The Greater Hall Chamber of Commerce kicked off its HealthSmart Expo Wednesday with a luncheon featuring Barbara Dooley, who proved that even cancer can be a positive experience.
Dooley, wife of famed University of Georgia football coach Vince Dooley, sent a serious message with a humorous approach when she spoke about the importance of early detection and her own battle with breast cancer.
Guests dined on healthy meals like salmon salad and grilled portobello sandwiches while Dooley spoke at the Georgia Mountains Center.
Dooley said she learned she had cancer when she got a call from her doctor on Christmas Eve a few years ago.
"Unless you've ever been told ‘you have cancer,' you cannot imagine how that hits you in the face," Dooley said.
Once she digested the initial news, she had to consider a number of things, such as how to treat her cancer and how to deal with her hair falling out.
"I chose a lumpectomy. Nobody told me that if you chose a mastectomy you'd get a tummy tuck and a boob job," Dooley joked.
But the most important things she realized were how much her friends and family meant to her and how important prayer was to her recovery.
"I want to tell you about prayer, because prayer is so important to health. Prayer centers us. Prayer gives us hope," Dooley said.
She said she realized how much small gestures, like a card or a visit from a friend, can mean when undergoing chemotherapy or radiation.
And her family, especially Vince Dooley, showed how much they really loved her.
"If I'd have known you were this sweet, I'd have gotten cancer years ago," Dooley said she told her husband.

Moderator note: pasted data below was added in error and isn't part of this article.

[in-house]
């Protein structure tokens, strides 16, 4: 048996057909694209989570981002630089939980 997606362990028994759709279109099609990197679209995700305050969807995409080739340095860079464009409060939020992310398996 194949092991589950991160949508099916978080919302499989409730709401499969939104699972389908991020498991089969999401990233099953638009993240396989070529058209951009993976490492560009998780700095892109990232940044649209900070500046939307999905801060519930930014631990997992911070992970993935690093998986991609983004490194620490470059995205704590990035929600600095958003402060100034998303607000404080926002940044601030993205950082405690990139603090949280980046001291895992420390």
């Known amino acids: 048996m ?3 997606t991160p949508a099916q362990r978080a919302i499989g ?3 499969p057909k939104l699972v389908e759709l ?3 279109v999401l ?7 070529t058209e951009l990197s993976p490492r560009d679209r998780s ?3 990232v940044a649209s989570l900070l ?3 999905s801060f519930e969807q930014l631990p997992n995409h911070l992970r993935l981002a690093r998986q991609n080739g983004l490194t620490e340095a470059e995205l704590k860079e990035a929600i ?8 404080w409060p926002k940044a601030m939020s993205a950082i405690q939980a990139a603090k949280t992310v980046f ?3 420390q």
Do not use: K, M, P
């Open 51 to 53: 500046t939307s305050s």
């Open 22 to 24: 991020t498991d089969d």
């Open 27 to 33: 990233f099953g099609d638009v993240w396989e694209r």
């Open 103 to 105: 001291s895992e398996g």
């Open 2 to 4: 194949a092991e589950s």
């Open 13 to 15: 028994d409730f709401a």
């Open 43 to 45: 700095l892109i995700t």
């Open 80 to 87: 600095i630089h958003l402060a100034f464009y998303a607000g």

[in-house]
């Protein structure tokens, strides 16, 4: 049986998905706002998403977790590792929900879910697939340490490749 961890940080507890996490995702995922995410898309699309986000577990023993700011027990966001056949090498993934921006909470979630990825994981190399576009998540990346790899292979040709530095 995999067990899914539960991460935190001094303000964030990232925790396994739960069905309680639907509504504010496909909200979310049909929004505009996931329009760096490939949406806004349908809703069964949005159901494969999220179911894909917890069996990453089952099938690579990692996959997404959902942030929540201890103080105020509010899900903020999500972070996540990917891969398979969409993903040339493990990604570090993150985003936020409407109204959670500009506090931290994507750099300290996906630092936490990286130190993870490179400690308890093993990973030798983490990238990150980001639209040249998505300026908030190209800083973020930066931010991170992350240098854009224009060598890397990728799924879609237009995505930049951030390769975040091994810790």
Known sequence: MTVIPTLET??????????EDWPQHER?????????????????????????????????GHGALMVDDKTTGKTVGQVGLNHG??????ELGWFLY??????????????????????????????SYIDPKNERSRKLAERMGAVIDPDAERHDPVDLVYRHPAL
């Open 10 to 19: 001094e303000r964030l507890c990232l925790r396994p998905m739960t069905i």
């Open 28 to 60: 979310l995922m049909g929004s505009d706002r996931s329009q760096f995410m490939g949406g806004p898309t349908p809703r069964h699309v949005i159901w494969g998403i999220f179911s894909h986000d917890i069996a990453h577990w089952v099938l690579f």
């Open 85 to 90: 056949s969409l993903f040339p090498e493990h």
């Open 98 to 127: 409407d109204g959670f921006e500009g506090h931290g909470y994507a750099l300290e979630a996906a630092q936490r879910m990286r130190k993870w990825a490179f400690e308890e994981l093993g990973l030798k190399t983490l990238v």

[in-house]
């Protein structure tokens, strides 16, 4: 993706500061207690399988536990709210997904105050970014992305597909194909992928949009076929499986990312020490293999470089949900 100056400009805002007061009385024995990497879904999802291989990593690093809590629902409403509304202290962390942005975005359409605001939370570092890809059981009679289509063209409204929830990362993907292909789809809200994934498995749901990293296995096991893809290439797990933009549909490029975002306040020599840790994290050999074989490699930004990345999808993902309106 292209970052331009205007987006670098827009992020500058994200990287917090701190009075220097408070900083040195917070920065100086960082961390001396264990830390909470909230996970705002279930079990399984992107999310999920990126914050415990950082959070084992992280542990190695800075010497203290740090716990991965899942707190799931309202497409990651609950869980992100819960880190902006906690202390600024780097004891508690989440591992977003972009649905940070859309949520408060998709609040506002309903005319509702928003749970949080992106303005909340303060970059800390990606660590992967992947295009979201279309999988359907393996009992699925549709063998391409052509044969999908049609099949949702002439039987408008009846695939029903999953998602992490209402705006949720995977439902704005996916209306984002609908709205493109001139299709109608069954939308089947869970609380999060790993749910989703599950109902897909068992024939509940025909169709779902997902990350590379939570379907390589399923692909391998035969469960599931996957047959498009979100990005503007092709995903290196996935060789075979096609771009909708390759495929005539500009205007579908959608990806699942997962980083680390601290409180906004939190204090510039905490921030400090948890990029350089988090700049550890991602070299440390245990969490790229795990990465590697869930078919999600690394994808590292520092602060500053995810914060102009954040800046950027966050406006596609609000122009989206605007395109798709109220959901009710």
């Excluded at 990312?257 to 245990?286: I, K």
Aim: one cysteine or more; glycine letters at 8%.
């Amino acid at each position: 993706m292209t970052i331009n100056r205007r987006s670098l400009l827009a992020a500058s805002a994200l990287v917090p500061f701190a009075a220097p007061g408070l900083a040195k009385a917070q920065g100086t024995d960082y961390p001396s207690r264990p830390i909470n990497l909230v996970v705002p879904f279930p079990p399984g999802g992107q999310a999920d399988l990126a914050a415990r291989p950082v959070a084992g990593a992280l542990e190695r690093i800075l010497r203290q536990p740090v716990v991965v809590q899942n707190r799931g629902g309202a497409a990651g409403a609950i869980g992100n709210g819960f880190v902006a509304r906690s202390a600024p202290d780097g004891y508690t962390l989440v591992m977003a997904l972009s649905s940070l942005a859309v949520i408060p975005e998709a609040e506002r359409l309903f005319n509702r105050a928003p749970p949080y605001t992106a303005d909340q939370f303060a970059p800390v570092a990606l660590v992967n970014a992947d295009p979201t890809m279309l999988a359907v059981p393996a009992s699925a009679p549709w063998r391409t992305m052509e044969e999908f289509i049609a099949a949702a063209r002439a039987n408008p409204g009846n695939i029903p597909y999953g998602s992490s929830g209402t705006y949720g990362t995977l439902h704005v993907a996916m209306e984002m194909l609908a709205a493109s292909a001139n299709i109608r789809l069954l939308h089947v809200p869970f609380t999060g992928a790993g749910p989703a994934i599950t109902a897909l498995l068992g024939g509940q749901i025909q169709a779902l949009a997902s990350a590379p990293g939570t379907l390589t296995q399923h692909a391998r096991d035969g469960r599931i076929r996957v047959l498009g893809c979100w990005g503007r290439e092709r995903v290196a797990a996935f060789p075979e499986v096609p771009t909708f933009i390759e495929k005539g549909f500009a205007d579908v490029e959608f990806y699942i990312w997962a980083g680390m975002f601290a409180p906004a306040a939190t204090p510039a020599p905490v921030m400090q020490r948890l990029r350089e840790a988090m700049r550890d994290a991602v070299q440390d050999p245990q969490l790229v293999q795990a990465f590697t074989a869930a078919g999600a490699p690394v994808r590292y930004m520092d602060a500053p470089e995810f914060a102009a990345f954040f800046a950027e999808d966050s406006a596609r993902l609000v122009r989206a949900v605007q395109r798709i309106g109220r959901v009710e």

And in that spirit, Dooley capped off her speech by encouraging everyone to tell someone else how much they care about them as she invited everyone to sing along to her favorite song, Stevie Wonder's "I Just Called To Say I Love You."
She urged everyone in attendance to make sure they get regular screenings, especially for common cancers such as breast and prostate cancer.
"If I had waited another year, if I had waited another six months (to get a mammogram) I would not have had the recovery I have," Dooley said.
After the luncheon, the HealthSmart Expo offered a number of health screenings and information free to the public from 1 to 5 p.m.
Robyn Lynch, vice president of membership development for the chamber, said the event was a huge success.
"Everything has been really great," Lynch said. "We had over 200 people in the first 15 minutes."
Lynch said the screenings were popular, and there was a line for flu shots for most of the day.
Cheryl Williams, a registered nurse and certified diabetes educator, said she had helped people realize they were at risk for health problems throughout the event.
"There was one patient today with almost twice the risk for heart disease who had no idea her cholesterol was at such an elevated level," Williams said. "It's been a real eye opening experience for a lot of people today."
The expo also housed about 75 booths with interactive services, information and giveaways about all kinds of health care, from chiropractic to dentistry and everything in between.
Scott Dixon, owner of Scott's on the Square, is a big part of the chamber's efforts to promote healthy living year round. Dixon, along with other local restaurants, will place a sticker by healthy menu items to mark them as "HealthSmart."
"It gives it some longevity," Dixon said, by helping remind people to make healthy food choices year round.
Dixon said he offers healthy options at his restaurant including a vegetarian special every day, and even some vegan options, meaning there are no animal products used in the dish.
"It's all about making good choices," Dixon said.